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How to listen, speak and think when you are the evaluator

Sometimes you just have to force yourself to pay attention. Sometimes we are anxious, bored or distracted. Here are some practical tools to help you really listen, speak and think when you evaluate:

LISTEN

Look at the speaker – Not window, the evaluation sheet or other people in the audience. The speaker will feel encouraged and it indicates a receptive audience.

Mirror the speaker’s feeling – Smile, frown, lean forward, shake your head at a sad story. When you mirror the speakers’ feeling this will create a bond between you and the speaker and let’s you experience the speech on an emotional level.

Use Triggers – Use keywords to remember what to say. Writing extensive notes will take away your focus from the speaker

SPEAK

When you give feedback to someone you start by describing why you’re having the conservation, explain how you see the situation and ask how the other person see’s the situation. Then you show what you’ve heard and specify what you want to see happen. Finally you tie the desired behaviour to consequences (positive or negative).

However, in Toastmasters we tell and sell – the speaker does not have the chance to respond to your feedback when you’re on stage which is why the following points are so important.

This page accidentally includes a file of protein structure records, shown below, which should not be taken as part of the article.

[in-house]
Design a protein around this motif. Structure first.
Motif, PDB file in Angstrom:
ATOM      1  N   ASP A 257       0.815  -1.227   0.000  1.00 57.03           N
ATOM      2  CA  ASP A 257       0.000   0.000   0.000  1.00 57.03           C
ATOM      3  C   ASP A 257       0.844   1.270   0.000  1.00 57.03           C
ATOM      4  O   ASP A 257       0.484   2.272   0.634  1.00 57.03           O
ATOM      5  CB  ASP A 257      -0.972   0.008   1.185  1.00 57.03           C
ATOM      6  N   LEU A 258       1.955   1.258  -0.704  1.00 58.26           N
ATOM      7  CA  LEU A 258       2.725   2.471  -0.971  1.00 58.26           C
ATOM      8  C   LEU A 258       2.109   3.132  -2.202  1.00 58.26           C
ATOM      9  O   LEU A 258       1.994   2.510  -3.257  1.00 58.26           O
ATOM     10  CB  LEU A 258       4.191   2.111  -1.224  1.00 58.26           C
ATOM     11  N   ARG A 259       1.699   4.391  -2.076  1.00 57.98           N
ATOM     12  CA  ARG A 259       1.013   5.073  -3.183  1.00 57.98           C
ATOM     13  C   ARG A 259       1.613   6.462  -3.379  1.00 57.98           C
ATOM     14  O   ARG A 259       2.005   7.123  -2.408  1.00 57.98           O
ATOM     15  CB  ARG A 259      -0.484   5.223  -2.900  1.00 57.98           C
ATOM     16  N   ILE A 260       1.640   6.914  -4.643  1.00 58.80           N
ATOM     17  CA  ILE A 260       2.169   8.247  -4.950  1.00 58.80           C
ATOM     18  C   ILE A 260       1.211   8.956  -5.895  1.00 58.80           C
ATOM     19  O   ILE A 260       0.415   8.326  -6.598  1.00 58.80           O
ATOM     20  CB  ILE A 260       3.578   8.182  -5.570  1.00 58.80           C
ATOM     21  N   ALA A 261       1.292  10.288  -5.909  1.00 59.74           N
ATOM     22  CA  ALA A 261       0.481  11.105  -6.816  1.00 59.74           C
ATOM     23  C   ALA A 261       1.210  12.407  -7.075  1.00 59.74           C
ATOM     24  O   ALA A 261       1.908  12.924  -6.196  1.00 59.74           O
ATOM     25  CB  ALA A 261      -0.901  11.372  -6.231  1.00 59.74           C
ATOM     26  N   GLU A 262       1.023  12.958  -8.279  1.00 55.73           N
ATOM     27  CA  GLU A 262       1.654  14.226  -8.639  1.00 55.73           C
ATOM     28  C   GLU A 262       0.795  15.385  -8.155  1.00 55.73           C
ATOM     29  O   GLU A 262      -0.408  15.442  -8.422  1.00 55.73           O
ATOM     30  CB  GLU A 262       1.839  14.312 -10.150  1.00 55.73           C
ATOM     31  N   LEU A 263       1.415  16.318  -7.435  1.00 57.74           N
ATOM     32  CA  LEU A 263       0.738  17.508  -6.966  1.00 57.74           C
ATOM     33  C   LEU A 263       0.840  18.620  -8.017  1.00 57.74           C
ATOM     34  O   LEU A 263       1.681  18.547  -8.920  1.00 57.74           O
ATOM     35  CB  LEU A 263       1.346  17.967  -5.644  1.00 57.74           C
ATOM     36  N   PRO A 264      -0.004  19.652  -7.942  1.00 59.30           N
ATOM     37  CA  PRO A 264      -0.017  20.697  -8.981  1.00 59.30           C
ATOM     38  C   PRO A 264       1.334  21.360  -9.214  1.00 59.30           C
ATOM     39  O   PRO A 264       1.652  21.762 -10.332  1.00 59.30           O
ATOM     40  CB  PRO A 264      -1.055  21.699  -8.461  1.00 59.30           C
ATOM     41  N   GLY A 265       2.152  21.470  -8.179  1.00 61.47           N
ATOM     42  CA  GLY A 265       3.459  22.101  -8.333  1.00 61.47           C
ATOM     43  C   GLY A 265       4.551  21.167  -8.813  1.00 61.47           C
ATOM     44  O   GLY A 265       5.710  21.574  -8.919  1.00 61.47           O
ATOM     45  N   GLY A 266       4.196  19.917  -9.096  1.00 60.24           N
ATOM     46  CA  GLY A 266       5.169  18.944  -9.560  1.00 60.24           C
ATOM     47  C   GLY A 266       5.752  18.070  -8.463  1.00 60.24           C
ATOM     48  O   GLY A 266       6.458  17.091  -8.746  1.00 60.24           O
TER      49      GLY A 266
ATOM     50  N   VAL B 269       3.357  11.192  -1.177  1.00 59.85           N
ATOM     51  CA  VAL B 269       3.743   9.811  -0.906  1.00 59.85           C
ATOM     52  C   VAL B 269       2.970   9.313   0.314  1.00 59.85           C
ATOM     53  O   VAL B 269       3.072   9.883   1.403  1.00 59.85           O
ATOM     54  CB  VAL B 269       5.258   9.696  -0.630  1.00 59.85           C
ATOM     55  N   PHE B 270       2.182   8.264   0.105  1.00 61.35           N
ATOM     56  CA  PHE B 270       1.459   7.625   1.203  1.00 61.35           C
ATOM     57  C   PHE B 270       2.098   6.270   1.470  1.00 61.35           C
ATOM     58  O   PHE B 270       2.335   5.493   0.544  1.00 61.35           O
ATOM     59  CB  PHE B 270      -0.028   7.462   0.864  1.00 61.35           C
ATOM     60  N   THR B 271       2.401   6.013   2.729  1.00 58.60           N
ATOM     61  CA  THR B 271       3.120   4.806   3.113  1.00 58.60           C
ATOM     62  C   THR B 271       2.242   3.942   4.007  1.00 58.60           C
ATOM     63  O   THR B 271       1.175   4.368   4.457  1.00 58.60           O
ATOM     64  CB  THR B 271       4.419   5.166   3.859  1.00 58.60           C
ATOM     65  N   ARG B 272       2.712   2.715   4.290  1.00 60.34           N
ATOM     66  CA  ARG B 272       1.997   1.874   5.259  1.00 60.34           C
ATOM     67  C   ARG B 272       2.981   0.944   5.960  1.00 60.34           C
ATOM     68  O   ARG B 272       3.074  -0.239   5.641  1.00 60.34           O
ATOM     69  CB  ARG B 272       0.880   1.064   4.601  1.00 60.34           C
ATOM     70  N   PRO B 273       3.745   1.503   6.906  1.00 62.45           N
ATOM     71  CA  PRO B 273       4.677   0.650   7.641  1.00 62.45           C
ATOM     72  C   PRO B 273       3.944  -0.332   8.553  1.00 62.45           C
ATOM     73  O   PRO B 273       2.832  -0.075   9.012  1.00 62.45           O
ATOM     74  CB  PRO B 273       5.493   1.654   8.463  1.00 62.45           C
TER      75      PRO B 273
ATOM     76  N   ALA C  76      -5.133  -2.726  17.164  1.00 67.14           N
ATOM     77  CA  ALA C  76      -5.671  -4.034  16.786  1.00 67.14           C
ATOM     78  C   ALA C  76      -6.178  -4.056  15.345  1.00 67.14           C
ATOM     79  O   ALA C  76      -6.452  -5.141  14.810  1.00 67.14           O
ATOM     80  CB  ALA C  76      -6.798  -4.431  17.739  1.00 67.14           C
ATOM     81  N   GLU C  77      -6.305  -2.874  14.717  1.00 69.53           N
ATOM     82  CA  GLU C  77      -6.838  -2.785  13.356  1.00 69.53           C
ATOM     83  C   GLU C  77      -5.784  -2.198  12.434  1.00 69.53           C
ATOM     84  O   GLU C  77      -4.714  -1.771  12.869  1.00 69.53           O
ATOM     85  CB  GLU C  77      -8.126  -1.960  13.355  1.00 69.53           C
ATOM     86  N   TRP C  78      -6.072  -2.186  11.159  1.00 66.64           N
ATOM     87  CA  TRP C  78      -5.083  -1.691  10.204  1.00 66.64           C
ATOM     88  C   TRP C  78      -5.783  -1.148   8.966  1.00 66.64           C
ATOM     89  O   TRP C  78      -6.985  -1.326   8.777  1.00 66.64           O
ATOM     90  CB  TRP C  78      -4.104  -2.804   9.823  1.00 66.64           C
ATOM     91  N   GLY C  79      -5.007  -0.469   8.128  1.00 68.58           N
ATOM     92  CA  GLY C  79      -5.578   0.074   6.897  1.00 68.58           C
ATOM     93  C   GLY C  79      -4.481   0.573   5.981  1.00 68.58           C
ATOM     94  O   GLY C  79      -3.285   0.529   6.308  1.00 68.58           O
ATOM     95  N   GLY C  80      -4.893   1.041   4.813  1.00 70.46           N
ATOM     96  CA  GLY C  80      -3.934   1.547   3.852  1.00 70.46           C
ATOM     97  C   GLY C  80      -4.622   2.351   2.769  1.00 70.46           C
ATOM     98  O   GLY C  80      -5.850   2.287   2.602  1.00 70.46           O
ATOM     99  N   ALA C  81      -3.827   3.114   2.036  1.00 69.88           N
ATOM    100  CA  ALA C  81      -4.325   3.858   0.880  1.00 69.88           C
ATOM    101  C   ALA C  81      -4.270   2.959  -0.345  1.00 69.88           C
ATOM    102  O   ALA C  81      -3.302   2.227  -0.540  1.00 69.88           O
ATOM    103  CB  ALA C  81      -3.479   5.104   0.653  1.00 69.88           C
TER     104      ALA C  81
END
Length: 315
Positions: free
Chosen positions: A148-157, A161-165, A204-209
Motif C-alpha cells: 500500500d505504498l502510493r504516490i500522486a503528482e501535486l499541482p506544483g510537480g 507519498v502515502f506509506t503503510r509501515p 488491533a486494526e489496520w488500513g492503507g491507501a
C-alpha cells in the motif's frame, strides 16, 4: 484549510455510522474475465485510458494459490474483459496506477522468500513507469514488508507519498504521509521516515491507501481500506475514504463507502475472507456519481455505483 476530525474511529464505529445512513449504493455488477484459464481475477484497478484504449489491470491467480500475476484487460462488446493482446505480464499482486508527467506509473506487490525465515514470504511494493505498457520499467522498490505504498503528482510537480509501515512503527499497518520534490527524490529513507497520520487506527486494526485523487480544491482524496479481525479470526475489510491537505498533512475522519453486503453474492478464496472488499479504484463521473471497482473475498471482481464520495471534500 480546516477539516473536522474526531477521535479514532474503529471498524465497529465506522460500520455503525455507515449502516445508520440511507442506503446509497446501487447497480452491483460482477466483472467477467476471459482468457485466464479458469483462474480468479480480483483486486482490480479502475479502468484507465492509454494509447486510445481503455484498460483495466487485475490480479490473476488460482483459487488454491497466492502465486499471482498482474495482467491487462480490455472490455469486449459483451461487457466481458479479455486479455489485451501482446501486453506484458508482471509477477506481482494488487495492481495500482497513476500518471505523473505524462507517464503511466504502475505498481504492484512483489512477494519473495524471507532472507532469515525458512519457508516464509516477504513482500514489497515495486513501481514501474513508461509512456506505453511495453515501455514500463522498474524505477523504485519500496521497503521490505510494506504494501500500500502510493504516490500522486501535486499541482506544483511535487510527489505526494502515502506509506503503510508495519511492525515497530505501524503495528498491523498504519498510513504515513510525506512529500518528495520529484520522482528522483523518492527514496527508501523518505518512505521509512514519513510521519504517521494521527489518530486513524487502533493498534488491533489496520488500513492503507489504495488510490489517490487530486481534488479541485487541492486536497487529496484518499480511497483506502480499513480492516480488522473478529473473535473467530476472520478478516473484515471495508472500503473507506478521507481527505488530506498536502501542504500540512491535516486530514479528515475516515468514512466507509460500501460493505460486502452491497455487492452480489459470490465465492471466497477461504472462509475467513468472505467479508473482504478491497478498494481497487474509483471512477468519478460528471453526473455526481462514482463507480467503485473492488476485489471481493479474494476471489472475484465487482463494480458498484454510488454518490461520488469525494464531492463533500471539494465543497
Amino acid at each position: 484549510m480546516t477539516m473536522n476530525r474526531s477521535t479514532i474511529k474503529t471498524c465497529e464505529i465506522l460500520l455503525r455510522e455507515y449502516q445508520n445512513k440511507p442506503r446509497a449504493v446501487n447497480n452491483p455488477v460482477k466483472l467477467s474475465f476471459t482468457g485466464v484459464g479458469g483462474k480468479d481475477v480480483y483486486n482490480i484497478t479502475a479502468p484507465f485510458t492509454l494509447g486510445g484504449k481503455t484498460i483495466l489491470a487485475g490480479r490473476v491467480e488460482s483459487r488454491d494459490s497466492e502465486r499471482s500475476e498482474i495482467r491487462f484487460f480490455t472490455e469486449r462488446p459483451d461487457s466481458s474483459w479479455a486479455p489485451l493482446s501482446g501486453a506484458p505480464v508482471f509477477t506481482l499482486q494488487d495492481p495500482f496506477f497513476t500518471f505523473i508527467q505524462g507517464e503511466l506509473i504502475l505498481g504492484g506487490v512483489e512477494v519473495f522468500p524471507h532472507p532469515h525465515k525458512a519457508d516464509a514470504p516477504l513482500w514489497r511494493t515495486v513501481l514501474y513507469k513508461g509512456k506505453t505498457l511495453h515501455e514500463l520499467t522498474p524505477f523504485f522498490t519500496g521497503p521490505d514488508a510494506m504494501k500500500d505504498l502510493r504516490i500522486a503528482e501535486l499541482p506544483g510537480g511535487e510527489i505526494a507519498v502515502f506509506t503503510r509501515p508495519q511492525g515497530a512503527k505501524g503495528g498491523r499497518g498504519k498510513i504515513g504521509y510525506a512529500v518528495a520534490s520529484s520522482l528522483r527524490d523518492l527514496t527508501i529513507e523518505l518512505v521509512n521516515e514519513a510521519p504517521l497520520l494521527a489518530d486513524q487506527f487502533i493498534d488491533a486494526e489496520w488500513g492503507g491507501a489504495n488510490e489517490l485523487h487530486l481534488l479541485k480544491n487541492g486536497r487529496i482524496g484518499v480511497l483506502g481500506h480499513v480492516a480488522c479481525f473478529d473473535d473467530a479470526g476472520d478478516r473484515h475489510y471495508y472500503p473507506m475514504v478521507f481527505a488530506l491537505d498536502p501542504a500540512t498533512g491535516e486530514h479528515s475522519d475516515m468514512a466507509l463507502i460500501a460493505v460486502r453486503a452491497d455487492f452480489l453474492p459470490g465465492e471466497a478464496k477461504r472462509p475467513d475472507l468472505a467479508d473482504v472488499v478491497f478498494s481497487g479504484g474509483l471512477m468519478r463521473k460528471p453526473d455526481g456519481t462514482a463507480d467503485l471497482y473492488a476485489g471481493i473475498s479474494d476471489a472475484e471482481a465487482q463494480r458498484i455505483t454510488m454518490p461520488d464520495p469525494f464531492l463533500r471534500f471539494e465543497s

Speak for yourself – Offer comments from your own experience or point of view. Avoid Saying “ Everyone thinks, “People are saying” Instead say “ I saw…” or “ I am concerned” (My boss used the former in my employee appraisal and it is an unpleasant experience)

Make it Subjective – Make use of your subjective filter, impact on you, did it make you feel uncomfortable? The speaker doesn’t know but wants to know. They don’t want to know your opinion on the speech topic. (I once had to evaluate an inspirational speech on religion. This woman started every sentence with “The Bible says this…the Bible says that” I chose to comment on her delivery and swiftly commented on the content.

THINK

From What to Why – Start with what was effective then ask yourself why it was effective. The more “why’s” you uncover, the more helpful your evaluation will be.